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  • CEMIRT increases productivity despite hurricane direct hit

    The damage unleashed when Hurricane Michael struck Tyndall AFB in October 2018 hasn’t deterred the Civil Engineer Maintenance Inspection and Repair Team from delivering the installation support the Air Force expects. In fact, despite damaged homes, displaced families and disrupted lives, the CEMIRT team is exceeding expectations. The team supports installations across the Air Force with a suite of civil engineering-associated maintenance and repair capabilities, including electrical systems and mechanical systems; power production; aircraft arresting systems, heating, ventilation and air conditioning systems.
  • Overcoming Alaskan-sized challenges to provide energy assurance

    Preparing for a major power outage or planning a backup generation exercise is complicated in the best conditions. Now, imagine doing it in temperatures as low as 50 degrees below zero at Clear Air Force Station, Alaska.
  • AFCEC teams support Seymour Johnson through Hurricane Matthew response

    Two teams from the Air Force Civil Engineer Center Operations Directorate travelled to Seymour Johnson Air Force Base, North Carolina, recently to provide Hurricane Matthew destruction repair and assessment.Seymour Johnson AFB was hit by historic flooding from Hurricane Matthew and urgently requested the assistance of the civil engineer maintenance
  • CEMIRT saves Nellis barrier arresting kit damaged by flood

    On Aug. 22, Nellis Air Force Base received 2 inches of rain in approximately 20 minutes, causing substantial flooding across the Nevada base, impacting four of its barrier arresting kit 12, or BAK-12, barrier pits located adjacent to the runways. The base immediately requested support from the Air Force Civil Engineer Center’s Civil Engineer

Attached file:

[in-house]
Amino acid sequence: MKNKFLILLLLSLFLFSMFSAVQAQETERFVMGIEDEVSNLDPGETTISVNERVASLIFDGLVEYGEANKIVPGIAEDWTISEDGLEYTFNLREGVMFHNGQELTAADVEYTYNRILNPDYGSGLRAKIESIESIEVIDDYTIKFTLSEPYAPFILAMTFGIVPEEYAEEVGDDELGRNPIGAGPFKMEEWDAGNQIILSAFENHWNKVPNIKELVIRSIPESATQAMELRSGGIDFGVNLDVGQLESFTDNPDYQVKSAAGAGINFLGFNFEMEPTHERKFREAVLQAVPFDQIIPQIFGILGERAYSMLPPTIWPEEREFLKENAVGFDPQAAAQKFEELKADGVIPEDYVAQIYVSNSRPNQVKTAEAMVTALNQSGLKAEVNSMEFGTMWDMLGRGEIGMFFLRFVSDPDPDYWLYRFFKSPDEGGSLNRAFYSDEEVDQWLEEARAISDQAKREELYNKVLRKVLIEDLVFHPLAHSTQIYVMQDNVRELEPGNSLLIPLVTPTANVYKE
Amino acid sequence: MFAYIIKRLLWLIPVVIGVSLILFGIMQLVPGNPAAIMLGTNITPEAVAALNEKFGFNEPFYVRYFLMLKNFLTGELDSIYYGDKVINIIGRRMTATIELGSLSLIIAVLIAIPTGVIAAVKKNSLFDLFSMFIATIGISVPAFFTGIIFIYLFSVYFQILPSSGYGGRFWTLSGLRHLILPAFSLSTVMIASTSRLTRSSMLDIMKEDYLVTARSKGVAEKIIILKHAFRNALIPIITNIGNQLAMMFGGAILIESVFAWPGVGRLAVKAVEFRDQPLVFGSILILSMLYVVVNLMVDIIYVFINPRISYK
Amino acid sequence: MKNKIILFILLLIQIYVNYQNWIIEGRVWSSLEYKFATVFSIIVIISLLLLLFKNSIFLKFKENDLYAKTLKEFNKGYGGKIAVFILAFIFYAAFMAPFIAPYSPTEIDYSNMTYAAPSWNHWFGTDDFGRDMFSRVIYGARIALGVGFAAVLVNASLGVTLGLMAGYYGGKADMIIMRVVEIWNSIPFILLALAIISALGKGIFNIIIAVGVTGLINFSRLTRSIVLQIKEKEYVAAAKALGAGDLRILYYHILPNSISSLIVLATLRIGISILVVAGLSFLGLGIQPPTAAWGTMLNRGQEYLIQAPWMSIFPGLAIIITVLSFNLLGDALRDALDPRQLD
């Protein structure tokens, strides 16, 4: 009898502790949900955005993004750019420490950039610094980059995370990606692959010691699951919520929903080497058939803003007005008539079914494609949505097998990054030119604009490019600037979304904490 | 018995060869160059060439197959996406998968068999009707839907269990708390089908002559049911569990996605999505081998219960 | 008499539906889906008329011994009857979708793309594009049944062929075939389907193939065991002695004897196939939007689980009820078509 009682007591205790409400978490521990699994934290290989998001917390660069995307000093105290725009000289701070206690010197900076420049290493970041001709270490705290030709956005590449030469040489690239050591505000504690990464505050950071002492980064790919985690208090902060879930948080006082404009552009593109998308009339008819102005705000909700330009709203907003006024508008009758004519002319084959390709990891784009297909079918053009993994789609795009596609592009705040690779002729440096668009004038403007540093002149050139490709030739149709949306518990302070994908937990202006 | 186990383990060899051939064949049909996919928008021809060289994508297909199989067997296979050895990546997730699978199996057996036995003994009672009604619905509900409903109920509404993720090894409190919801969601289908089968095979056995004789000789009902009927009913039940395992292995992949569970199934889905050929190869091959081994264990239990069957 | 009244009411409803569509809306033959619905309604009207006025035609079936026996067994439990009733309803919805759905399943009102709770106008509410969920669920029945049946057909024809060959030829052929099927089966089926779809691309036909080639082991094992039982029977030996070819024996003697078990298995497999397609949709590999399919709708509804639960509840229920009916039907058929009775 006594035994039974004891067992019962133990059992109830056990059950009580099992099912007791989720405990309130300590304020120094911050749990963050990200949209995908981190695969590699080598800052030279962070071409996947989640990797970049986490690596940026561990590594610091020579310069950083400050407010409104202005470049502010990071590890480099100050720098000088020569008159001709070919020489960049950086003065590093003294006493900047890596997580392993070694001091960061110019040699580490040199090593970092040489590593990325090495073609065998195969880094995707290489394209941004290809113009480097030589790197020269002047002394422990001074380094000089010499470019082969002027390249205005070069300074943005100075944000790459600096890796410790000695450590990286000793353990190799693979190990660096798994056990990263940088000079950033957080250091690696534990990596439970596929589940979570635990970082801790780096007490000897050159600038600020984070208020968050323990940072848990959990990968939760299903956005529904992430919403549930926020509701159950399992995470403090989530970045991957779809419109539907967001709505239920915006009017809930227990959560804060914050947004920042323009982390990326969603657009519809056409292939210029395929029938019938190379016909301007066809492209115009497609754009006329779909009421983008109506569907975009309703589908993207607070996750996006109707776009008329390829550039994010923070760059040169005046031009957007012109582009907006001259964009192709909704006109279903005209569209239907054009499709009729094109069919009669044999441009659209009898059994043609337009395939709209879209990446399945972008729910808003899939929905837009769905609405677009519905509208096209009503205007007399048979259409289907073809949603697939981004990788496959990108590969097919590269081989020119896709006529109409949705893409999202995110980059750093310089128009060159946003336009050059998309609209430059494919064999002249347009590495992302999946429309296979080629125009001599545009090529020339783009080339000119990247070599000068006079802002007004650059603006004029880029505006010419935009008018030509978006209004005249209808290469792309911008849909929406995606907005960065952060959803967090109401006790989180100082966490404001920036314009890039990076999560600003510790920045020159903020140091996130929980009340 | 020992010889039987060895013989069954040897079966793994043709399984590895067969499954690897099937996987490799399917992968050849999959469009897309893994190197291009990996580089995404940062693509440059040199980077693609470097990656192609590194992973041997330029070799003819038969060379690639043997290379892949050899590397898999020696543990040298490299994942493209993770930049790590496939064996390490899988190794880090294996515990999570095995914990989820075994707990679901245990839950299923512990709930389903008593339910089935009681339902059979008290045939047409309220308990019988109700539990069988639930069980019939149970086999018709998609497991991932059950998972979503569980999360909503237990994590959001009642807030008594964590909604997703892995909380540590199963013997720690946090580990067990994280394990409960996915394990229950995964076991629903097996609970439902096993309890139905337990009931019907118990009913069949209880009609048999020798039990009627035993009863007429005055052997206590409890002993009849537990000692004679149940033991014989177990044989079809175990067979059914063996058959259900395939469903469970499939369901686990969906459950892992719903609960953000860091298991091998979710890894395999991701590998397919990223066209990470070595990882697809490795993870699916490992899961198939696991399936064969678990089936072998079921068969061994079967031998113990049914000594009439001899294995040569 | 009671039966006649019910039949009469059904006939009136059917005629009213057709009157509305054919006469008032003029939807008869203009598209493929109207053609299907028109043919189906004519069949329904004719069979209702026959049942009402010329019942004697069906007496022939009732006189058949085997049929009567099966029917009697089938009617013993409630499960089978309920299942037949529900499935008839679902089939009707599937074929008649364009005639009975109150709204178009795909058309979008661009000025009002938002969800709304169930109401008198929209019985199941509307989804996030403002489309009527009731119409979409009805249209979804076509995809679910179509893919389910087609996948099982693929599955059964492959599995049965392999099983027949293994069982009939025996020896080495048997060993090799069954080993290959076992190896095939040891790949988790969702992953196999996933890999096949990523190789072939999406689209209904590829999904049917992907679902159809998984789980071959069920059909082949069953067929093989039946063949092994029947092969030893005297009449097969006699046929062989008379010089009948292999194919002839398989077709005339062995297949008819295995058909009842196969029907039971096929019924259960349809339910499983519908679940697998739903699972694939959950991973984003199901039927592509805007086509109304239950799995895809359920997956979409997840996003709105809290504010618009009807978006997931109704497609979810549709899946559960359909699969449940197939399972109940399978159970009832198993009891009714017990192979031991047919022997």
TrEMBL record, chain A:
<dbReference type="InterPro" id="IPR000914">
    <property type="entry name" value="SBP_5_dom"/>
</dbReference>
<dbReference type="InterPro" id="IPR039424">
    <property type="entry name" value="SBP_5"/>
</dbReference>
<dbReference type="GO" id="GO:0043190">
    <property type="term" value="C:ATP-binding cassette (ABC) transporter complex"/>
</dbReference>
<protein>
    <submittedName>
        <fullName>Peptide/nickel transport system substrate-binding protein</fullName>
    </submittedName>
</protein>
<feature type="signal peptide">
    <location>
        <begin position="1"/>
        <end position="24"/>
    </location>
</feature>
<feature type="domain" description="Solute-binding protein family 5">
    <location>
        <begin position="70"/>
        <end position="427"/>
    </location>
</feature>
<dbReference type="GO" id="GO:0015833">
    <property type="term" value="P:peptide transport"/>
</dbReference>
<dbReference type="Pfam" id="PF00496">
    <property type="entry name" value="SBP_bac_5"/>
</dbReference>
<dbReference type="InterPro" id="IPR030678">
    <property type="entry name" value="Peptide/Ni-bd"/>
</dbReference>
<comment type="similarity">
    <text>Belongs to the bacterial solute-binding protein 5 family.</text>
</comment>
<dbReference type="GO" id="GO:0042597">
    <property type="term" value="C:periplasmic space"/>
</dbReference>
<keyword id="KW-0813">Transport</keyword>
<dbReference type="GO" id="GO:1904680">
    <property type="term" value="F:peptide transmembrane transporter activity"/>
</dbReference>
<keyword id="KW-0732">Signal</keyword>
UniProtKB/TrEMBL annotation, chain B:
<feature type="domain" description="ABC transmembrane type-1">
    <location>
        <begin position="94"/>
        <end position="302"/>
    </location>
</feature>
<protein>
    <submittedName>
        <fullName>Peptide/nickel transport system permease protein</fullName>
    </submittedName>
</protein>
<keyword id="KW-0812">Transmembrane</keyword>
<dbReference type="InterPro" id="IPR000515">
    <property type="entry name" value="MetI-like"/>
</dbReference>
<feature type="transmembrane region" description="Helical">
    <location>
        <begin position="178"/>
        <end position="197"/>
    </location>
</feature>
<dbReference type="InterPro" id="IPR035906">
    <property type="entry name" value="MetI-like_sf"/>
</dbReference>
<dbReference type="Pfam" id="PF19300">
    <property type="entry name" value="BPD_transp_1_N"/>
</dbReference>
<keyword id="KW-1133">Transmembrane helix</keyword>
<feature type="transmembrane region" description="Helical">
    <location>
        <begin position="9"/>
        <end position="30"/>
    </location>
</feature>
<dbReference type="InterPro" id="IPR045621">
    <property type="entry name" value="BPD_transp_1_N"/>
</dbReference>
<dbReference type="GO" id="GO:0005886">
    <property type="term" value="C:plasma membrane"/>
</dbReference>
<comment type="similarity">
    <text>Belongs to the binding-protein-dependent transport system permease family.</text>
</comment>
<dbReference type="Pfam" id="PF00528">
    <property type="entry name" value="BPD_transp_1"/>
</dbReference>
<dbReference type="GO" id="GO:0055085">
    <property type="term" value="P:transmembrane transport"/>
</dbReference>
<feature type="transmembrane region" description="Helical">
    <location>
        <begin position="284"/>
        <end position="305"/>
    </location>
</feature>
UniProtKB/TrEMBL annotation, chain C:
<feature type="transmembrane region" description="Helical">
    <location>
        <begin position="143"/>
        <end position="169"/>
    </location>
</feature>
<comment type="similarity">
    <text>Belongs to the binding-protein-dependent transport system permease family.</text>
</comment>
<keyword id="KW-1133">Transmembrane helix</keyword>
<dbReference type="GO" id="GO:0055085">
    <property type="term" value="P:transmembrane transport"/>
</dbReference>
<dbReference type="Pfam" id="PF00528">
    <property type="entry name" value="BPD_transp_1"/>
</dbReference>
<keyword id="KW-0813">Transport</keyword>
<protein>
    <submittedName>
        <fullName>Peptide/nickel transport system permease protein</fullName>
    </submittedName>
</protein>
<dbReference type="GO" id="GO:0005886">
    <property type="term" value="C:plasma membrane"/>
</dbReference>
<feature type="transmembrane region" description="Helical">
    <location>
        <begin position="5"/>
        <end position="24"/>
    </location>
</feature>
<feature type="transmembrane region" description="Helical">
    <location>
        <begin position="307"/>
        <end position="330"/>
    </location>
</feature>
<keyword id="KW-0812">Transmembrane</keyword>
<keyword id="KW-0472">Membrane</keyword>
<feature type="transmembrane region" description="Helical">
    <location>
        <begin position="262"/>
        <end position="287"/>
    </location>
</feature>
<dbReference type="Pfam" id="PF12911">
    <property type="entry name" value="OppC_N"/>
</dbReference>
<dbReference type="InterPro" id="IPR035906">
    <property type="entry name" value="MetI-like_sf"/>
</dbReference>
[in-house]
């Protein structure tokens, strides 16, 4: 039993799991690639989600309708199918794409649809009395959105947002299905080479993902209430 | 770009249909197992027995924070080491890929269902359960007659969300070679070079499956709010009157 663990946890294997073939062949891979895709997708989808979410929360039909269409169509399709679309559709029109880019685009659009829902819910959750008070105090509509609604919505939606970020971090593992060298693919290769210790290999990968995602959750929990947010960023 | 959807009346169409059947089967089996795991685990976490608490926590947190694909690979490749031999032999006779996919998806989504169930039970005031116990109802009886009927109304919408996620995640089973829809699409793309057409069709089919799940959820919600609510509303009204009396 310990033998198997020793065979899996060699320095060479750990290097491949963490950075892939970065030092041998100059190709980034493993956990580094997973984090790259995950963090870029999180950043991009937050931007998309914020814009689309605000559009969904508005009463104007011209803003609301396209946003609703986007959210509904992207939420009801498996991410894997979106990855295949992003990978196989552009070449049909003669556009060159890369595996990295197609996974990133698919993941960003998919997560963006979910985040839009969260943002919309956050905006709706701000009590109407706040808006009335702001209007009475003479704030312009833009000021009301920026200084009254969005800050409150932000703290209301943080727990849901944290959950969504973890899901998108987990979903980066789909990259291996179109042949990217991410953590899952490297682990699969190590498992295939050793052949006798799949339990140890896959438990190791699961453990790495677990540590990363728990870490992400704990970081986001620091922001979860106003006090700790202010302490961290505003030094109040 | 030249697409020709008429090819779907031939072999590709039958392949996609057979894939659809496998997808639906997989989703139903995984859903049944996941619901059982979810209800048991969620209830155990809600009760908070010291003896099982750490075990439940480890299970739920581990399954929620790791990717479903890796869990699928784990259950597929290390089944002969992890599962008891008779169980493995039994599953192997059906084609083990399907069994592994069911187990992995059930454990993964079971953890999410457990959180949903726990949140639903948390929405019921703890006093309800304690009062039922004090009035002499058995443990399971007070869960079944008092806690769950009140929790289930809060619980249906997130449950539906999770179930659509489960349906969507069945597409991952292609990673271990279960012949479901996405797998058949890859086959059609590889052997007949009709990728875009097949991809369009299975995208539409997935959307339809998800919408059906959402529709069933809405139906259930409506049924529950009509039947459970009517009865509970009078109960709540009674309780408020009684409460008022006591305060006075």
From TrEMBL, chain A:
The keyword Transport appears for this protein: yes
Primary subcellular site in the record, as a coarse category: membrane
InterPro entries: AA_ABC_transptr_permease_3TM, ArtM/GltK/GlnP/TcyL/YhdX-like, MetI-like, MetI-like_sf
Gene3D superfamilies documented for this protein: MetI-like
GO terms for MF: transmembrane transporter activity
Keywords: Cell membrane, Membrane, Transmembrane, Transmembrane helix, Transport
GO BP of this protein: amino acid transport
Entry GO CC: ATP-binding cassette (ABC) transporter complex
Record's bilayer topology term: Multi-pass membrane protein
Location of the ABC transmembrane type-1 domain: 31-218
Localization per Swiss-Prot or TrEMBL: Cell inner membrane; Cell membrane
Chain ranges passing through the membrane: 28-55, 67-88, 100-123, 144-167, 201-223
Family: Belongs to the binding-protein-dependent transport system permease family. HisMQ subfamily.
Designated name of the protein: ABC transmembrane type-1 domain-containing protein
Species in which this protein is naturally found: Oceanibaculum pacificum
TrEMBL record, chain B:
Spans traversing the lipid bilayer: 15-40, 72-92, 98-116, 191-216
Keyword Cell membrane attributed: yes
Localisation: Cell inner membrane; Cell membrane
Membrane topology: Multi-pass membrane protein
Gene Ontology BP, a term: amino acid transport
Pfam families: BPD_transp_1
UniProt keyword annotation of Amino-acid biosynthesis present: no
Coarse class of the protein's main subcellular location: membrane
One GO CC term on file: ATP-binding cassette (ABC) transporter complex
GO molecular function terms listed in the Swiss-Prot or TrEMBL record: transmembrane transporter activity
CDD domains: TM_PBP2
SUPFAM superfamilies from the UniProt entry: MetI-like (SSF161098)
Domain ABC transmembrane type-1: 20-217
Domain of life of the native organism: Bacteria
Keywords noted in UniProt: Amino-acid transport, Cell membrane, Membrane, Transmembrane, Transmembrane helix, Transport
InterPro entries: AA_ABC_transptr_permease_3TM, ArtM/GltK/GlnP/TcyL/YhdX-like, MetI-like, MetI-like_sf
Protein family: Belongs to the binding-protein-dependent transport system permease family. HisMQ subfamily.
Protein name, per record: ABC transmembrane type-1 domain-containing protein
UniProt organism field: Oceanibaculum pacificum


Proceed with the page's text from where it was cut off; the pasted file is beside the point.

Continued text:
• CEMIRT performs periodic maintenance of caterpillar generator, other repairs

    Repairing large industrial generators while saving taxpayer dollars is just the beginning of what the Civil Engineer Maintenance Inspection and Repair Team, or CEMIRT, does regularly at installations around the world. A team from the Travis Air Force Base, California, division of the Air Force Civil Engineer Center Operations Directorate recently
  • Recent aircraft arresting system overhaul comes in handy

    A mobile aircraft arresting system, or MAAS, unit that was recently overhauled by the Air Force Civil Engineer Center's Civil Engineer Maintenance Inspection and Repair Team, or CEMIRT, was put to good use in an F-35A Joint Strike Fighter aircraft arresting system capability test recently at Edwards AFB.MAAS that are past their recommended use time
  • CEMIRT works mission facilities at California base

    The Pacific breeze rattles metal louvers inside a massive concrete high-voltage switching station, in contrast to an almost mesmerizing electrical humming. The dim yellow glow of sodium lamps creates a sleepy feeling, when "BAM!" a 50-pound spring claps and echoes quickly through the windowless concrete cube. The sound repeats a dozen more times
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